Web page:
LIFE IN A LAB Biochemists study the zillions of simultaneous chemical reactions that occur in the human body and help physicians prescribe drugs to cure diseases
Medical treatment can often go perfectly right or horribly wrong - subject to the accuracy of the diagnosis, which is why people working in medical laboratories have to be extra vigilant at work. Today’s modern laboratories are manned by personnel from the three departments of biochemistry, pathology and microbioloy.
Dr Malavika Barman, assistant professor, department of biochemistry, Gauhati Medical College explains, “The biochemists look after all the routine chemical tests done on blood, cerebrospinal fluid, urine etc. These are mainly the levels of blood sugar, liver and renal functions, lipid profile, different hormone levels etc. They also deal with specialised tests like cancer markers, molecular genetics and genetic profiling. Pathologists look into cell and tissue morphology. Study of tissue histology gives a clue to various types and stages of disease progression. microbiologists help to identify which microbes (bacteria, virus or fungi) are responsible for causing diseases and also determine whether a microbe has mutated or not. They also help the physician in prescribing the drug best suited to kill a certain infection.”
At all levels the three branches work in tandem, complementing each other to help patients. Dr Barman has an interesting take on her specialisation and says that it has considerable scope for new learnings and discovery. In her words, “Our body can be visualised to be the most complicated machine, with each body process being carried out by zillions of chemical reactions going on in tandem. Any deviation manifests as a change in blood levels of certain parameters. The attempt to understand this interesting world of molecules inspired me to become a biochemist.”
Barman says that the last 12 years as a biochemist has taken her through a roller-coaster of ‘highs’ and a few ‘lows’. “Once a father had brought his ailing four-year-old child for some blood tests prescribed by the physician. However, after taking the patient history we decided on running a few additional tests not requisitioned by the physician at our own cost. The tests came abnormal, indicating a totally different disease progression. We informed his physician who changed his treatment protocol and the child was saved. The physician, a very senior person, was all praise for our work.”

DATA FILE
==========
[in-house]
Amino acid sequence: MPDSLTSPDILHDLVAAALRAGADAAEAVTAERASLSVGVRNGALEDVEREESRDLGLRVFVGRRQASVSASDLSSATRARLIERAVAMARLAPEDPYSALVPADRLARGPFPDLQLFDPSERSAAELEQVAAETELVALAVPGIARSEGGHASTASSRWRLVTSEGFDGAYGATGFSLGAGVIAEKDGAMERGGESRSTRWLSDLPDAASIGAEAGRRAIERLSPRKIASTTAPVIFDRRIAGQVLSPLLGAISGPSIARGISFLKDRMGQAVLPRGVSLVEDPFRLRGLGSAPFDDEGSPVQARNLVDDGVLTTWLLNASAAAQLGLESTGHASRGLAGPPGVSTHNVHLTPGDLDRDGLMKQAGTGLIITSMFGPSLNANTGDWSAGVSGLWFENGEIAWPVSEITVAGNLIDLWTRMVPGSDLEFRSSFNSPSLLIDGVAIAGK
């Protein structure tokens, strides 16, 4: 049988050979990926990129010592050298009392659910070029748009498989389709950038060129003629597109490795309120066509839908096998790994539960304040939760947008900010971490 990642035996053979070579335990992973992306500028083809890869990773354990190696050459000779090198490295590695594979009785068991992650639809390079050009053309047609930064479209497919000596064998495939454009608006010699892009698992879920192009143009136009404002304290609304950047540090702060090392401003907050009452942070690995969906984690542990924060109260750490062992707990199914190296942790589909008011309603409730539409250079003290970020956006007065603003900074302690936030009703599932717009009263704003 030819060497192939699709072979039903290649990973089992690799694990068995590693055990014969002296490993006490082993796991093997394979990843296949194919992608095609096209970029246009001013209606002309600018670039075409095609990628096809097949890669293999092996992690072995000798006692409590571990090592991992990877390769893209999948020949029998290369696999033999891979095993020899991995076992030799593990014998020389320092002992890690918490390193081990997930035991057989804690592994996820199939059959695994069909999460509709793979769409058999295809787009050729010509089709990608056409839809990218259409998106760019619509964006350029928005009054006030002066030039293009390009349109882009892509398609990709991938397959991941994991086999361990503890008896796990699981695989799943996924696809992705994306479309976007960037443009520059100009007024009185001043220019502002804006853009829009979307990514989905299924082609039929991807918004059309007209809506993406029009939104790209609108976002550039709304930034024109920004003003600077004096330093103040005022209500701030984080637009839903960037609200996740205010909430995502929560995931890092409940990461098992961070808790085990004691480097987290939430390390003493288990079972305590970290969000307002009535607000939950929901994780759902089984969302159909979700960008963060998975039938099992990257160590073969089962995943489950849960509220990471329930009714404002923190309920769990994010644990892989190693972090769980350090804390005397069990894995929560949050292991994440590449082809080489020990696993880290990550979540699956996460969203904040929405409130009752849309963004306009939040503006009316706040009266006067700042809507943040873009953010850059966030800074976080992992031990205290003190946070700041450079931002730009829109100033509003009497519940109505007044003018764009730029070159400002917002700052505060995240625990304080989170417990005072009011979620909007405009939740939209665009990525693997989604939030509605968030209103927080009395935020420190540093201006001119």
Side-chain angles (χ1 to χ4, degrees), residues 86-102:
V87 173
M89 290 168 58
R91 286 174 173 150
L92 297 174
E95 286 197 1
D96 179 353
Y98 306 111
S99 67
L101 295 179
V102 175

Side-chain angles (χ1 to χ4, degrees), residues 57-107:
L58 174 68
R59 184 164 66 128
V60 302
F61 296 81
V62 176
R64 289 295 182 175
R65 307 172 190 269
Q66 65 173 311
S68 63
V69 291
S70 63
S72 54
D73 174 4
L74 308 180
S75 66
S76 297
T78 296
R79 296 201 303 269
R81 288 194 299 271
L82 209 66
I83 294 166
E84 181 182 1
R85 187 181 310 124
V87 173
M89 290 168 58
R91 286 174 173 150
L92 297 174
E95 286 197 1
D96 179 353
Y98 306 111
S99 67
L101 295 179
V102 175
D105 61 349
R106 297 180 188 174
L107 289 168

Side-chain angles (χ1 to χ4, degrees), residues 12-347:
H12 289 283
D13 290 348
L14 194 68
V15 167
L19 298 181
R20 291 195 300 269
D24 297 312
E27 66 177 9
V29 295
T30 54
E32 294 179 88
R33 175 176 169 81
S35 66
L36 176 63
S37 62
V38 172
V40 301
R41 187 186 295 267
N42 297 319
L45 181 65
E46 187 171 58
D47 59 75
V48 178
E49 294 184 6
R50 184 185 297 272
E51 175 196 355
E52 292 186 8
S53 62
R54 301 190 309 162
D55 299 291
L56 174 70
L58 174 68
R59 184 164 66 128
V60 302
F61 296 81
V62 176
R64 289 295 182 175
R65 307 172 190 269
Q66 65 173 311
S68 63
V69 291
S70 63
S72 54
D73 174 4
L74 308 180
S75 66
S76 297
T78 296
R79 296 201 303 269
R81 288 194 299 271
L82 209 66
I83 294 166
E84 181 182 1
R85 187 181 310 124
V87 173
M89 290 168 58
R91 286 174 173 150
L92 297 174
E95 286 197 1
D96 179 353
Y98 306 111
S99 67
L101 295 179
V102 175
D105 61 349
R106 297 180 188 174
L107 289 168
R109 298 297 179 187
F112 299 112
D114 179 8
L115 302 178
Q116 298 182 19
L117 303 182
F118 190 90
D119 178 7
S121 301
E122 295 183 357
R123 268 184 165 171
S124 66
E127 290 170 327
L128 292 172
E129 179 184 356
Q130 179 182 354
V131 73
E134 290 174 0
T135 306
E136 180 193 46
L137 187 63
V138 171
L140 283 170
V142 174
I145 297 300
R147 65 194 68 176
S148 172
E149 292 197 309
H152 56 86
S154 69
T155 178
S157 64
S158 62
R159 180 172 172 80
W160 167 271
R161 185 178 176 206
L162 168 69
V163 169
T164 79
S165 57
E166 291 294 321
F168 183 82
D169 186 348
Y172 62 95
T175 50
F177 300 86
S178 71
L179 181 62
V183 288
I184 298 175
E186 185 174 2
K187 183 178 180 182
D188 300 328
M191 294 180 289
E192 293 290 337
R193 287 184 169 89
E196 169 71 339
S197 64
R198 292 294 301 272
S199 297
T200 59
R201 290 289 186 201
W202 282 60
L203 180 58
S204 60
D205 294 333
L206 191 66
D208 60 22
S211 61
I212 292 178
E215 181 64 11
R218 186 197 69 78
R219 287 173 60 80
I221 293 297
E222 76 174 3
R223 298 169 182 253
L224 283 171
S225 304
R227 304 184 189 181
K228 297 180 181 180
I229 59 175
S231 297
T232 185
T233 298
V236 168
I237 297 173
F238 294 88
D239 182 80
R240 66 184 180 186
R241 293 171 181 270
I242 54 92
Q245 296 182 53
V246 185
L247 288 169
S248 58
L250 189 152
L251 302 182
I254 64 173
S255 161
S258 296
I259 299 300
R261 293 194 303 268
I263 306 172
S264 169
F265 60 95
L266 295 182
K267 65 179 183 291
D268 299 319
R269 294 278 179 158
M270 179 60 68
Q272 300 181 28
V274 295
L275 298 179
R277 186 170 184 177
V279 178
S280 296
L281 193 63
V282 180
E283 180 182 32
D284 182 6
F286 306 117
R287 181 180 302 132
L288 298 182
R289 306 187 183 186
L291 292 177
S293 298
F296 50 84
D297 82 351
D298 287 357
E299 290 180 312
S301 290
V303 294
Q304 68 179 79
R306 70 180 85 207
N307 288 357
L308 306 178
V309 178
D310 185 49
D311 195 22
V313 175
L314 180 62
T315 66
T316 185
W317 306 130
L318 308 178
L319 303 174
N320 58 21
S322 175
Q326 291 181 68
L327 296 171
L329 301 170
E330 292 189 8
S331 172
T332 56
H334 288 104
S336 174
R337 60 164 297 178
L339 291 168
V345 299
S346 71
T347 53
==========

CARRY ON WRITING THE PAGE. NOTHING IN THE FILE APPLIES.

“A huge low,” according to Dr Barman, is when she encounters instances of how the “public at large is unaware of the role of a medical biochemist. “This is a huge ‘low’. Moreover, in spite of so many MD biochemists passing out every year, many organisations are still recruiting MSc biochemists (who have no medical degree) to do patient reporting and also as teaching faculty of medical colleges.”
Research is a very vital part of this field. “Without engaging in research we cannot hope for new information and innovation to strengthen our arsenal against diseases,” shares Dr Barman.
Talking about her vision she concludes, “Given an opportunity, one day I would like to make my dream to take sophisticated diagnostic facilities to the small towns and villages a reality. Rather than patients coming to bigger towns and cities, I want diagnostic facilities to reach the community. However, I feel one can’t hope of reaching a goal if one doesn’t dream of doing so.”
Dr Malavika Barman, assistant professor, department of biochemistry, Gauhati Medical College, checks out the latest version of an autoanalyser; a machine used for studying blood samples.